It’s feasible for police to enforce a cellular telephone ban, but it’s probably not acceptable or a suitable response to poor driving.
Matt Sedensky, the AP article’s author, rightly asks: “A driver in the next lane is moving his lips. Is he on a hands-free cellphone? Talking to someone in the car? To himself? Singing along to the radio?”
Many civil libertarians from both the right and left already see reasonable suspicion as a mere pretext for constitutional abuse and police malfeasance. For traffic offenses, officers typically witness the violation and conduct a stop based on probable cause. A state traffic offense that may require an officer to only see a driver’s lips moving to justify contact is begging for litigation. Drivers can easily deny the use by saying they were either talking to themselves or singing along with music. A ban on cellular telephone use will place local law enforcement officers in the position of either ignoring the offense altogether or enforcing what will likely become an unpopular and unnecessarily intrusive mandate.
Unsurprisingly, the ideas emanating from Washington’s fast and furious good-idea factory cannot be judged by any reasonable standard.
Any ban will be another step on a slippery slope where, after prohibition, the federal government will want to address the next driving distraction, which may well be raising the age of licensed drivers to 21, preventing drivers from eating, putting on makeup, or even verbally disciplining their children. In each instance, proponents will make the case that a ban of a specific activity will save lives, and in each case the pandering politics of the moment will override common sense. Following NTSB’s nanny-state logic it will be only a matter of time before car travel itself is considered an immediate threat to national health. In the end, opposition at the state level will turn to grudging support, or at least silent acquiescence, when confronted with false moral choices that often motivate political fear.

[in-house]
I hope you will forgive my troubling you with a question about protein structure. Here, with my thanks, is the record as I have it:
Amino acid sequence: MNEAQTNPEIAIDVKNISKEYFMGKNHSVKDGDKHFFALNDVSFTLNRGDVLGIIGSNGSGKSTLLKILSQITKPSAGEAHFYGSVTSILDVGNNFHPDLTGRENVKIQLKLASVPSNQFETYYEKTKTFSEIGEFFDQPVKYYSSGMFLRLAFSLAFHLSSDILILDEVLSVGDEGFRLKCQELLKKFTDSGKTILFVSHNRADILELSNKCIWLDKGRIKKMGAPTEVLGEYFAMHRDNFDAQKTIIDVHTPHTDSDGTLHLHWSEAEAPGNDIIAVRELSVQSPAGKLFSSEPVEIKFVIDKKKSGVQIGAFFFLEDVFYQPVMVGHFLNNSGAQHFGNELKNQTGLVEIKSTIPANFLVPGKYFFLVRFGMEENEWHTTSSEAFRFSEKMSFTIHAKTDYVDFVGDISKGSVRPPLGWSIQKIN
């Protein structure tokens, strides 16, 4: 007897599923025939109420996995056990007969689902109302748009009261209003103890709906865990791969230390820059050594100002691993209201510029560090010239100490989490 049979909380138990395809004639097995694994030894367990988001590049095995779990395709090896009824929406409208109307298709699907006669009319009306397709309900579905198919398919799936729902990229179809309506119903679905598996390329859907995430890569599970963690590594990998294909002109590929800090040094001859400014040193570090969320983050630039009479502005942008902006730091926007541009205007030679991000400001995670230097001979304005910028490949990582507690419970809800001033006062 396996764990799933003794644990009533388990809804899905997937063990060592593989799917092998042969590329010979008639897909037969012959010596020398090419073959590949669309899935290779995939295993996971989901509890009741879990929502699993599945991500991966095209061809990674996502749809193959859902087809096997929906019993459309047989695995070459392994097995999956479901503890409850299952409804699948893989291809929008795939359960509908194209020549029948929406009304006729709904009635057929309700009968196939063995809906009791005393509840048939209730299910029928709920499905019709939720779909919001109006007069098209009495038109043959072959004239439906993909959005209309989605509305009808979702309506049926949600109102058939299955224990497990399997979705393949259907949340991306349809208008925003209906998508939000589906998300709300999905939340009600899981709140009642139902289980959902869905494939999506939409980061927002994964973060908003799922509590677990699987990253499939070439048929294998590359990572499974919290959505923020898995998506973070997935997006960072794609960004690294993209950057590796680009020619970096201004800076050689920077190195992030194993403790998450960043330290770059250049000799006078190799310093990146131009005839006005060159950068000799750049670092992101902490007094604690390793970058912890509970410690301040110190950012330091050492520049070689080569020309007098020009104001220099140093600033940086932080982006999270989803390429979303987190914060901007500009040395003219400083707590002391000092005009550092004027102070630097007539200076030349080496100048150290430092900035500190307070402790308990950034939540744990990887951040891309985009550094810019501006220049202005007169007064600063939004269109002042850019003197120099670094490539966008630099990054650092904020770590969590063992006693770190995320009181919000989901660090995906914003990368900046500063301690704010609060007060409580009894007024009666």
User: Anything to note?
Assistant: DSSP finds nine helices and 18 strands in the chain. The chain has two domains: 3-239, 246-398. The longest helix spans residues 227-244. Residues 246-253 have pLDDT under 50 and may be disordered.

This is a silly way to run a federal government. The hope of banning cellular use springs from a deep well of questionable intentions in an effort to protect us from ourselves. Resting comfortably on the false notion that the law will save lives, supporters can fecklessly characterize opponents as insensitive to the death of innocents. The NTSB's suggestion shows just how out of step some Washington policy makers are with everyday law enforcement.
About the author
Retiring after nearly 22 years of active duty in the Army, Lance Eldridge worked as the director of a law enforcement training academy and served as a rural patrol deputy and patrol officer in Colorado. While in the military, he held leadership positions in a variety of organizations and has written extensively about US military strategy, operations, and history. He is a graduate of the US Army's Command and General Staff College and the Norwegian Staff College. He holds a Masters Degree in History and a Masters Degree in Strategic Intelligence. He has taught graduate and undergraduate courses in national security strategy, European regional security, US history, and terrorism. He now works in northern Virginia.